Austin Handle, West Georgia ’17, is a police officer and tech hobbyist with a dream to get his self-made application, Apollo AI (or Apollo), into the hands of first responders. After nearly two years developing the app, Apollo is now a working prototype of a hands-free web application and virtual assistant. It can be accessed on any device and communicate information to people over a headset through a digital voice. Handle said it sounds remarkably human thanks to neural language processing. Handle compares Apollo to Jarvis, the AI assistant from the Iron Man films, for first responders. It’s a virtual assistant that talks, texts, and emails important information to public safety officials all on voice command.
“We do have a dashboard built into so you can see this information as it’s coming in, but you get it all in your headset and it sounds like a normal person talking to you,” he said. “It’s pretty much everything that I could imagine we could do without eliminating a dispatch center altogether. Apollo is pretty much designed out of that nature and that necessity.”
In order to find grant funding to further develop his application, he researched opportunities and came across the Tech to Protect Challenge sponsored by the National Institute of Standards and Technology’s (NIST) Public Safety Communications Research (PSCR) Division.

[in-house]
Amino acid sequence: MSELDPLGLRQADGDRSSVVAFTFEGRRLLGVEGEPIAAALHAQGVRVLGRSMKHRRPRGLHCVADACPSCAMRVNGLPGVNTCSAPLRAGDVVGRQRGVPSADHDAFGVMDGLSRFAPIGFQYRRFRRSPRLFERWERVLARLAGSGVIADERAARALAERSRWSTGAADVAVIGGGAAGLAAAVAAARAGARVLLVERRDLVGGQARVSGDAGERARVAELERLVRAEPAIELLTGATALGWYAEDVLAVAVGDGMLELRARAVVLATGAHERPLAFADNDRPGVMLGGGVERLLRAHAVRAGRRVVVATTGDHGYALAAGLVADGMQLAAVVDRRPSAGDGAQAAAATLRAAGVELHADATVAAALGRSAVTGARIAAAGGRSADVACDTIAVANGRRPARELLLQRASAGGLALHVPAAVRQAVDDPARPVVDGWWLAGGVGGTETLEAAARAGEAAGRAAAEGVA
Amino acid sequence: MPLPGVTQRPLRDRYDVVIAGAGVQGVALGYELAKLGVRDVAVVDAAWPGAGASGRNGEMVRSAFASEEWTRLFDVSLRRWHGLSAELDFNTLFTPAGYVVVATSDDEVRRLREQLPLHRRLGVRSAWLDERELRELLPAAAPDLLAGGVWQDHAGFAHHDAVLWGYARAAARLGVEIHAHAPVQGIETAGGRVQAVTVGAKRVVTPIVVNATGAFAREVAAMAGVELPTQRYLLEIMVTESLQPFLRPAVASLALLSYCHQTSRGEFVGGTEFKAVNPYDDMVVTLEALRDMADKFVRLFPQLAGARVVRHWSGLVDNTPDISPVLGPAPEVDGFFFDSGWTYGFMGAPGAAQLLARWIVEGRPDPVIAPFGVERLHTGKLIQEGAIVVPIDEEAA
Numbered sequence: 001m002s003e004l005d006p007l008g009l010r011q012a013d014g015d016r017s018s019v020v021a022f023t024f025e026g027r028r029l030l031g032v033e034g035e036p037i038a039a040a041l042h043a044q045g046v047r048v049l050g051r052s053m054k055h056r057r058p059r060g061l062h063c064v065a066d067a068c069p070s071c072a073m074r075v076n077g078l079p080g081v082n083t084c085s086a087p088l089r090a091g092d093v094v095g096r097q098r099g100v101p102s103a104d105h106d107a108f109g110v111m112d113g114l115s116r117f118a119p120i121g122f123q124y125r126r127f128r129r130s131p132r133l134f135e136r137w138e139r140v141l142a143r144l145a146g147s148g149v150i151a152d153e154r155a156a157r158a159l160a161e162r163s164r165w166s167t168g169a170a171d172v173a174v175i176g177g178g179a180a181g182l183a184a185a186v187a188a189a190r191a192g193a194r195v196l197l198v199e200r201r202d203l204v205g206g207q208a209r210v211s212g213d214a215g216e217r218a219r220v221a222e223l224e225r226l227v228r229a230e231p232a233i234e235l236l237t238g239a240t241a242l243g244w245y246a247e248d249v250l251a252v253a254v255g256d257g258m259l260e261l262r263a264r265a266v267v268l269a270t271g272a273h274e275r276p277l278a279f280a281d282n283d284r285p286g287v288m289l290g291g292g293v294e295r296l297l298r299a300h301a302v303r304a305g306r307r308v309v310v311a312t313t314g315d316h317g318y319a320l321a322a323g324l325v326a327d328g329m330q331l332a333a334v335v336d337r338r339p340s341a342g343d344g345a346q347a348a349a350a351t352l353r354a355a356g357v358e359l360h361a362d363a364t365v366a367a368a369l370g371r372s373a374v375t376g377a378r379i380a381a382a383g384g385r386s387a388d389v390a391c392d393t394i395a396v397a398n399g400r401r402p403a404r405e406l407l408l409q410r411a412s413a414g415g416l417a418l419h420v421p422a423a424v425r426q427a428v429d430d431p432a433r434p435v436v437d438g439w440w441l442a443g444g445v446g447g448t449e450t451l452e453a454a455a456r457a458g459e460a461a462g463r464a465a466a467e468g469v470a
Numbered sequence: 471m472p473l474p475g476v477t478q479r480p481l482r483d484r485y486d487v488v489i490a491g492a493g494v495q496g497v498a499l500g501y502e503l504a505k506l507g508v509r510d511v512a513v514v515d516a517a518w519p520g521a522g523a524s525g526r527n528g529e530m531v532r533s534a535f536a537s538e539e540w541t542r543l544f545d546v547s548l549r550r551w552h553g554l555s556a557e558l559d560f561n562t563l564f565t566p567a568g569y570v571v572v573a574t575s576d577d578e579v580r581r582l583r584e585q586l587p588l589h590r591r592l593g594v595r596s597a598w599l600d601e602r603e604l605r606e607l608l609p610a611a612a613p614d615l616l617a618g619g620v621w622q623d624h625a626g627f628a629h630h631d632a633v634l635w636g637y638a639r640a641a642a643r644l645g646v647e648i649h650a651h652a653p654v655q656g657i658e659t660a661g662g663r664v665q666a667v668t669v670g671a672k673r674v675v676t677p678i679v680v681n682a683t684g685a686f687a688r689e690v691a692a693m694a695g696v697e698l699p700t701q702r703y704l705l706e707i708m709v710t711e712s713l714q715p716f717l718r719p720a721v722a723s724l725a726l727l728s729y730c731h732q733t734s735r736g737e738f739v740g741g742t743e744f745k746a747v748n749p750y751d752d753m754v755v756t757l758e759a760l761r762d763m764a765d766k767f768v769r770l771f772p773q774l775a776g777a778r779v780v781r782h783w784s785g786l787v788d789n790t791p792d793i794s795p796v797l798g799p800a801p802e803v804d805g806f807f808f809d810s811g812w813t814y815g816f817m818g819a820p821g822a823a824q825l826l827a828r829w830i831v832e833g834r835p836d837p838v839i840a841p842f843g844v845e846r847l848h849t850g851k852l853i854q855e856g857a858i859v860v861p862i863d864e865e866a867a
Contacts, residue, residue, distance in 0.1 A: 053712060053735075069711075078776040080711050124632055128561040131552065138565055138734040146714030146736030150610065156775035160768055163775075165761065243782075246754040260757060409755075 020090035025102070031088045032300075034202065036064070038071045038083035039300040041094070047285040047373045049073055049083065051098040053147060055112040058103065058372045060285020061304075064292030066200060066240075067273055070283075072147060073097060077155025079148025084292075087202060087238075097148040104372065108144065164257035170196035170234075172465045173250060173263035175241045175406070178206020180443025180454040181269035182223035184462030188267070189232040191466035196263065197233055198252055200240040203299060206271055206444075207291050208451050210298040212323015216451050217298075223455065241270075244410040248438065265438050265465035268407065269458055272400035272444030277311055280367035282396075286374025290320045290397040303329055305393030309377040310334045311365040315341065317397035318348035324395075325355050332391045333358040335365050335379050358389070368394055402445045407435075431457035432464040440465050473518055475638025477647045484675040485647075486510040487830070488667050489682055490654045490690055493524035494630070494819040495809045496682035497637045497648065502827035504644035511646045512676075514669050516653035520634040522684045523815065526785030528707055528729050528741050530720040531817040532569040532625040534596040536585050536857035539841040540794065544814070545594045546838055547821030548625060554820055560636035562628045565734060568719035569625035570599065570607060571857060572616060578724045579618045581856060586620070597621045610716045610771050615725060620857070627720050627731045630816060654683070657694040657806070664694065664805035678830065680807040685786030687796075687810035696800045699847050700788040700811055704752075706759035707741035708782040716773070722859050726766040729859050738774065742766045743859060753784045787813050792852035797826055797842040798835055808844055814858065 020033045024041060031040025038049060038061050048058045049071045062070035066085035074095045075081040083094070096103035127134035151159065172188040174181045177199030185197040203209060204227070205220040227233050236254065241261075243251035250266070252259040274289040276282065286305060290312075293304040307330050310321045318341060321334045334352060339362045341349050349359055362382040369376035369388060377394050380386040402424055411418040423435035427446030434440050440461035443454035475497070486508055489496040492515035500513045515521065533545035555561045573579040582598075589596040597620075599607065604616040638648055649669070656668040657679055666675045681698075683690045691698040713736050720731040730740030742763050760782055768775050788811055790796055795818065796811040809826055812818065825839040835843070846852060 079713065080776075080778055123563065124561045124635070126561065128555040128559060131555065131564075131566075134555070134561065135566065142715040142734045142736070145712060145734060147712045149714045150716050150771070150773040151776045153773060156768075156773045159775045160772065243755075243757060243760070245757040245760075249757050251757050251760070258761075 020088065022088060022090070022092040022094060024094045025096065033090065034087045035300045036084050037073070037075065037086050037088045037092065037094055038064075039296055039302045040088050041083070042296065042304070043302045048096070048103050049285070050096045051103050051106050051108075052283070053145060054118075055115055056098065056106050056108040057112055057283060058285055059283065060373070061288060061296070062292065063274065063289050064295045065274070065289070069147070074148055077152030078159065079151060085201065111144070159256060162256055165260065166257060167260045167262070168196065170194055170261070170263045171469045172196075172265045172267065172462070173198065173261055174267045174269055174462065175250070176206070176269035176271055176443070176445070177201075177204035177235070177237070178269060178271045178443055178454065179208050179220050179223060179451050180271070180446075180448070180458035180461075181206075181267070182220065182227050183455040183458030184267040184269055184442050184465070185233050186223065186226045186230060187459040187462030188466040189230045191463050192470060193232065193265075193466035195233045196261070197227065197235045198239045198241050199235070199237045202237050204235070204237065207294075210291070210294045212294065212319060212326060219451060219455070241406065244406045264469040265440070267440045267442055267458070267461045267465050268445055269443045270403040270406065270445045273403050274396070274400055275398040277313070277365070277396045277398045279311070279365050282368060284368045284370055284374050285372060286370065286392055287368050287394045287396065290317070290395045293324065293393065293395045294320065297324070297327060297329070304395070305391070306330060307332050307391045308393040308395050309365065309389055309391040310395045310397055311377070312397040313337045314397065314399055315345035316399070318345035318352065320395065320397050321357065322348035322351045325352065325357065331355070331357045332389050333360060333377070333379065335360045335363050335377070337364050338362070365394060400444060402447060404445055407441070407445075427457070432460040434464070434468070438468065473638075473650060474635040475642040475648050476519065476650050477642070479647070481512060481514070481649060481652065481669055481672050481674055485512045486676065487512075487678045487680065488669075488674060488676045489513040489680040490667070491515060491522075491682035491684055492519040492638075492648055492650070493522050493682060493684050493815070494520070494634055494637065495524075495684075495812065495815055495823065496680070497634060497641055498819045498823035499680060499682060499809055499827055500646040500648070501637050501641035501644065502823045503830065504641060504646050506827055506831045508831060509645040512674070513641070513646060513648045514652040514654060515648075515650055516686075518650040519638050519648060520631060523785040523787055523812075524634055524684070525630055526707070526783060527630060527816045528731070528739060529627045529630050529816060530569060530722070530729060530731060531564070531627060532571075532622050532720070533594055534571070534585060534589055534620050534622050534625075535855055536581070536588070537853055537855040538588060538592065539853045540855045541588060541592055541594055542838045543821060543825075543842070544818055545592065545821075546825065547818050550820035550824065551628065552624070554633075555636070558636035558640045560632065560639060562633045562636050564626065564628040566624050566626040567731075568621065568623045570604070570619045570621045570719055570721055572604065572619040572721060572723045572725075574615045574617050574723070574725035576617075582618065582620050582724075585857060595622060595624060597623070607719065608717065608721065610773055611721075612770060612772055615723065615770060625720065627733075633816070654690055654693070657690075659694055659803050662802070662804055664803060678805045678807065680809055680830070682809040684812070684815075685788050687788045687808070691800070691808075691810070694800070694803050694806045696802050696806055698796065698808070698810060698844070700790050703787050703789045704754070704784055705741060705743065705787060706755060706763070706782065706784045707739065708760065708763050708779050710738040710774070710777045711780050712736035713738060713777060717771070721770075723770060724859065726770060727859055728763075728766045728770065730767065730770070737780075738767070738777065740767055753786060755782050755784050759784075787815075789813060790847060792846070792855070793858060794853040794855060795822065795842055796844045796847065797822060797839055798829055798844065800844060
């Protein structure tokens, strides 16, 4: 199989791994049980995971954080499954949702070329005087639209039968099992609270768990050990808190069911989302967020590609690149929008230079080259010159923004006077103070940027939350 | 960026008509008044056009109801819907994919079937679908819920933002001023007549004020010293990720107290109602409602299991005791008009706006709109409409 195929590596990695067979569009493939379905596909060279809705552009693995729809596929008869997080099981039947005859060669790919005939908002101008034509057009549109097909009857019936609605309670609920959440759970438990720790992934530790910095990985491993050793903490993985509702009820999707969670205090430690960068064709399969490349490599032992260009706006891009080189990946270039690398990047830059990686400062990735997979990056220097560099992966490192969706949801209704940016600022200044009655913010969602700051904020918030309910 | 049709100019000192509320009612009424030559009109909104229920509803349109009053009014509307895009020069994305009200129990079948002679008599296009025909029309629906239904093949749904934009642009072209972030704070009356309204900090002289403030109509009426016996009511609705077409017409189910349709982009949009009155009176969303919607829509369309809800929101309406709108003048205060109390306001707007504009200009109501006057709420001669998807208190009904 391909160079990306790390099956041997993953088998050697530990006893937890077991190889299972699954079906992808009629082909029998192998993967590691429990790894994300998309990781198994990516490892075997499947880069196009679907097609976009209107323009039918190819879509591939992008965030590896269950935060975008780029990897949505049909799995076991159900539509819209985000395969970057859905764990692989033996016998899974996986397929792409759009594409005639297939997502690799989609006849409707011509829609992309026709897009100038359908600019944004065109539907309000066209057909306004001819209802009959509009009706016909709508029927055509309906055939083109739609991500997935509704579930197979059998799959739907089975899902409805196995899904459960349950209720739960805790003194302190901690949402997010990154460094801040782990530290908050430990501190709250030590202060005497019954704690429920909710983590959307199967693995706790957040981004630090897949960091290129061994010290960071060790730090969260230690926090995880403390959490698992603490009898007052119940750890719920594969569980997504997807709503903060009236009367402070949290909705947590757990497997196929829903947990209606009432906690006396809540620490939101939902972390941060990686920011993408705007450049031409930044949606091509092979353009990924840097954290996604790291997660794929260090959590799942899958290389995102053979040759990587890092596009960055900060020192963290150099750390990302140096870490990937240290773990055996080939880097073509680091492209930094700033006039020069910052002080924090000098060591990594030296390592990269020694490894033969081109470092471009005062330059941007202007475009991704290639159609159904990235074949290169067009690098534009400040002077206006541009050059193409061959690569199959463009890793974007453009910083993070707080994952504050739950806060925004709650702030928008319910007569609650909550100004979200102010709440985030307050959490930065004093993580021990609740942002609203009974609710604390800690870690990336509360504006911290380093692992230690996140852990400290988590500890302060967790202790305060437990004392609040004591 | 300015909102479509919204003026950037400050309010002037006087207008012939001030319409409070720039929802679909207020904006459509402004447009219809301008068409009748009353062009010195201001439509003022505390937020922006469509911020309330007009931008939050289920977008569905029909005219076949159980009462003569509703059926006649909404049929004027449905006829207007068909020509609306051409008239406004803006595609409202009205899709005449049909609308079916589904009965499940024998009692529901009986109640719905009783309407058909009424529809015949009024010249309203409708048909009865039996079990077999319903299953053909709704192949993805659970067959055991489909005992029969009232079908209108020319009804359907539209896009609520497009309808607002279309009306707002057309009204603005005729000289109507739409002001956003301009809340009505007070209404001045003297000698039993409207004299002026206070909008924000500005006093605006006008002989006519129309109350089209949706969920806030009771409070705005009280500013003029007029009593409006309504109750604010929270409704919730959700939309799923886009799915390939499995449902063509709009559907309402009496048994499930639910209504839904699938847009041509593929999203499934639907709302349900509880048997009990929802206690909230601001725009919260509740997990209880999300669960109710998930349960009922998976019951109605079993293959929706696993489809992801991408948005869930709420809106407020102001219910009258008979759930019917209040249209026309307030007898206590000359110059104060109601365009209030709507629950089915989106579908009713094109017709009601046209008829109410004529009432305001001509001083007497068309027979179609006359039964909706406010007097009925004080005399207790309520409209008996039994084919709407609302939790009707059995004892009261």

“I stumbled across Tech to Protect the day it launched, just by chance. And I saw that Apollo actually fit into three of the contests,” said Handle. “I was excited. These are actual problems that we need to solve. And it’s hard because the private market and commercialization people have no idea.”
After entering and participating in the September 2019 competition in Washington, DC, Handle won Top Overall #2 ($7,500) as well as Best in Class Contest 6 (Voice to Commands to Virtual Assistants: Hands Free Device Control ($1,000). As for the reward, he said half of it immediately went right back into developing his application.
In November, Handle participated in another three-day regional Tech to Protect Challenge hackathon in Miami where he once again won Top Overall #2, Best in Class Contest 6. The challenge provided experience working with first responders in team-building exercises to learn how technology can help police officers, firefighters, and EMS better serve the public.